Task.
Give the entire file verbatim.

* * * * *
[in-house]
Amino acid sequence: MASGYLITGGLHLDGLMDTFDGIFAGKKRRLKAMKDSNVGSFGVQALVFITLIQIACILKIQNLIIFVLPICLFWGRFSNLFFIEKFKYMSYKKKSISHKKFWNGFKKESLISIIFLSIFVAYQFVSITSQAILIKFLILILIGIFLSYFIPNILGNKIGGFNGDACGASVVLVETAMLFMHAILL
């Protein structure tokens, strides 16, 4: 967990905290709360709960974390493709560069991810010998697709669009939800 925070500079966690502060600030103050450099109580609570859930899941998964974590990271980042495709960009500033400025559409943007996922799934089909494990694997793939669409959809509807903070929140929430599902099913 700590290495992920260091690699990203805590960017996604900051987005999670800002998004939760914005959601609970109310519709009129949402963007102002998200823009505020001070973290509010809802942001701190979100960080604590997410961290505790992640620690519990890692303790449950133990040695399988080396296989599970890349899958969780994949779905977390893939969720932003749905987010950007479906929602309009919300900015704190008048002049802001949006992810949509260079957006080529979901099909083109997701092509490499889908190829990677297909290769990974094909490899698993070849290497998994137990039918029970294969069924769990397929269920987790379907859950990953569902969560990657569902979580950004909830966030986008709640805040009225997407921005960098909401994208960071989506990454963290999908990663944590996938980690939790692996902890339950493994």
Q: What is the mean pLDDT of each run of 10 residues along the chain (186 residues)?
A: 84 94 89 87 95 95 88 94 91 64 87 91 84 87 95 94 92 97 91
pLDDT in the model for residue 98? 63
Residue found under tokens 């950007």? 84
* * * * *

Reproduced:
[in-house]
Amino acid sequence: MASGYLITGGLHLDGLMDTFDGIFAGKKRRLKAMKDSNVGSFGVQALVFITLIQIACILKIQNLIIFVLPICLFWGRFSNLFFIEKFKYMSYKKKSISHKKFWNGFKKESLISIIFLSIFVAYQFVSITSQAILIKFLILILIGIFLSYFIPNILGNKIGGFNGDACGASVVLVETAMLFMHAILL
């Protein structure tokens, strides 16, 4: 967990905290709360709960974390493709560069991810010998697709669009939800 925070500079966690502060600030103050450099109580609570859930899941998964974590990271980042495709960009500033400025559409943007996922799934089909494990694997793939669409959809509807903070929140929430599902099913 700590290495992920260091690699990203805590960017996604900051987005999670800002998004939760914005959601609970109310519709009129949402963007102002998200823009505020001070973290509010809802942001701190979100960080604590997410961290505790992640620690519990890692303790449950133990040695399988080396296989599970890349899958969780994949779905977390893939969720932003749905987010950007479906929602309009919300900015704190008048002049802001949006992810949509260079957006080529979901099909083109997701092509490499889908190829990677297909290769990974094909490899698993070849290497998994137990039918029970294969069924769990397929269920987790379907859950990953569902969560990657569902979580950004909830966030986008709640805040009225997407921005960098909401994208960071989506990454963290999908990663944590996938980690939790692996902890339950493994």
Q: What is the mean pLDDT of each run of 10 residues along the chain (186 residues)?
A: 84 94 89 87 95 95 88 94 91 64 87 91 84 87 95 94 92 97 91
pLDDT in the model for residue 98? 63
Residue found under tokens 């950007």? 84